"We have hit the peak or are hitting it right now. The numbers will start coming down," said Richard J. Osterman Jr., the FDIC's acting general counsel. He added that there was a similar pattern following the savings and loan crisis in the eighties and nineties when lawsuits peaked around three years after the height of closures.
Osterman said the agency has been cautious about entering in new tolling agreements following a July decision from the U.S. District Court in Kansas. The ruling dismissed National Credit Union Administration claims against Barclays Capital for credit union losses in mortgage-backed securities, arguing that a statute of limitations had lapsed despite a tolling agreement.
"That is a district court decision that we don't agree with and it is on appeal. But the fact that that decision is out there means that we have to look at the risks of entering in to tolling agreements," Osterman said. "So we would not be as likely to do so in light of that decision."
Michael Krimminger, who was formerly the FDIC's top lawyer before entering private practice, said the deadlines for the agency to file suit are necessary to support the legal strength of claims. He noted that the filings of new cases "should begin to tail off consistent with the fairly steep decline in the number of failures that occurred."
"There are reasons for a statute of limitations and other constraints on when people file lawsuits," Krimminger said. "The evidence becomes stale, and people's memories fade even with the best intentions. It becomes a more difficult case for the FDIC to win and a more difficult case for former directors and officers to defend.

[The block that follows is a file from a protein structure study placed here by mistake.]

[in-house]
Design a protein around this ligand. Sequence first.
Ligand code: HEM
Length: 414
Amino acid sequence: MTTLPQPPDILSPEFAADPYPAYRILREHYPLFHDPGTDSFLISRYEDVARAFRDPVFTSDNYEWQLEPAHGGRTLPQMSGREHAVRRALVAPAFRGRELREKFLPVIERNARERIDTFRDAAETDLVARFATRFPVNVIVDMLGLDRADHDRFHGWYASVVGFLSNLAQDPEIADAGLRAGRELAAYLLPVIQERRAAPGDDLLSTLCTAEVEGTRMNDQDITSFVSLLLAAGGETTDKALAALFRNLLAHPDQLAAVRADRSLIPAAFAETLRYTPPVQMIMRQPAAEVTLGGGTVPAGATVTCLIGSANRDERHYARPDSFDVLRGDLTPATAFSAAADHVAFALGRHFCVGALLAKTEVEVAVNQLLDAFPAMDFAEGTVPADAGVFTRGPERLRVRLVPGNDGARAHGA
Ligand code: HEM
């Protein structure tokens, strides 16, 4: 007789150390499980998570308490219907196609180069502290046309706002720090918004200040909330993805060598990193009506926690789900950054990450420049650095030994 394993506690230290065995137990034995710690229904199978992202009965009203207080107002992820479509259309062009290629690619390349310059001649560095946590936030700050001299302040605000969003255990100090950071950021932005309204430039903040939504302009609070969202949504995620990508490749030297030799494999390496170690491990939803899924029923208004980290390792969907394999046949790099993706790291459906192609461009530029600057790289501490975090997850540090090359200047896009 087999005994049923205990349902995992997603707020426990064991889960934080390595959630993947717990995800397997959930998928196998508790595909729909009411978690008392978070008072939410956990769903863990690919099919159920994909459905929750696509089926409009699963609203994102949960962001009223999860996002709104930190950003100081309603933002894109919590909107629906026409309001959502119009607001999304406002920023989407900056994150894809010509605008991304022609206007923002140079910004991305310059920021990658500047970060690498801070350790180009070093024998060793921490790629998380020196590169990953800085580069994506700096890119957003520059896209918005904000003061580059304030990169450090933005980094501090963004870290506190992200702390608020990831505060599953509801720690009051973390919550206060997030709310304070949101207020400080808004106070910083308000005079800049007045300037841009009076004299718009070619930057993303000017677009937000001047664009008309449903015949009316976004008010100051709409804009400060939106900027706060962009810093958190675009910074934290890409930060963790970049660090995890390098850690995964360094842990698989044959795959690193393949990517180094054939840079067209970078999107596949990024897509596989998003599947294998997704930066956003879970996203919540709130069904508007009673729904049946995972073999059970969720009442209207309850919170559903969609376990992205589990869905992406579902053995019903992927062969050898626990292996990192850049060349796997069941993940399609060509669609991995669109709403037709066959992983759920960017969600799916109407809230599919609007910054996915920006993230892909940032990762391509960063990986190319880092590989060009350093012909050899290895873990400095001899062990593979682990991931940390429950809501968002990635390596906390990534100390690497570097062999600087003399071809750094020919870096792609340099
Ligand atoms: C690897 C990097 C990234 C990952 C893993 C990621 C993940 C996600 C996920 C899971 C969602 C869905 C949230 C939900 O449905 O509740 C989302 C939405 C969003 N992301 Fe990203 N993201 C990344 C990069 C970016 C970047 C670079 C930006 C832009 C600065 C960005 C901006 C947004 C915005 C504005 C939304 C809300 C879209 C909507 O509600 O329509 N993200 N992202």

"I had pushed as general counsel for investigations to move quickly because insurance money will be dissipated, and a case is always harder to win with a longer lapse between the facts occurring and the time you bring the case."
Yet Osterman said the process cannot be rushed.
"We wanted to move carefully and methodically in reviewing the circumstances surrounding the failure of the institutions," he said. "This ensures that actions are brought only where merited, not just because an institution has been closed."
According to the Cornerstone study, of the 140 banks seized in 2009, the FDIC filed a lawsuit or settled claims out of court in cases related to 46% of the failures. That rate fell to 34% for cases resulting from failures in 2010, when 157 banks failed, the study said. Meanwhile, the 40 lawsuits in 2013 were 54% more than those filed in 2012, according to the paper.
Some observers pointed out that, even though failures peaked in 2010, the still-elevated failure numbers later in the cycle means the agency has a pile of potential claims through which to work. Ninety-two banks failed in 2011.
"The pace all along has been uneven so it's hard to tell," said Kevin LaCroix, an executive vice president at RT ProExec, and author of the D&O Diary blog. "There have been times prior to now when there were lulls as long as three months. From the outside it's hard to discern. Because banks continued to close throughout 2013, I think we have to assume there is a pretty good possibility that they will continue to have lawsuit filings for some time to come."
Yet some former managers of banks that were closed earlier in the failure wave may be breathing a sigh of relief.
"I have nervous clients waiting and the best news for them is when the three years passes and we don't hear anything," said Rosemary Stewart, a partner at Hollingsworth LLP.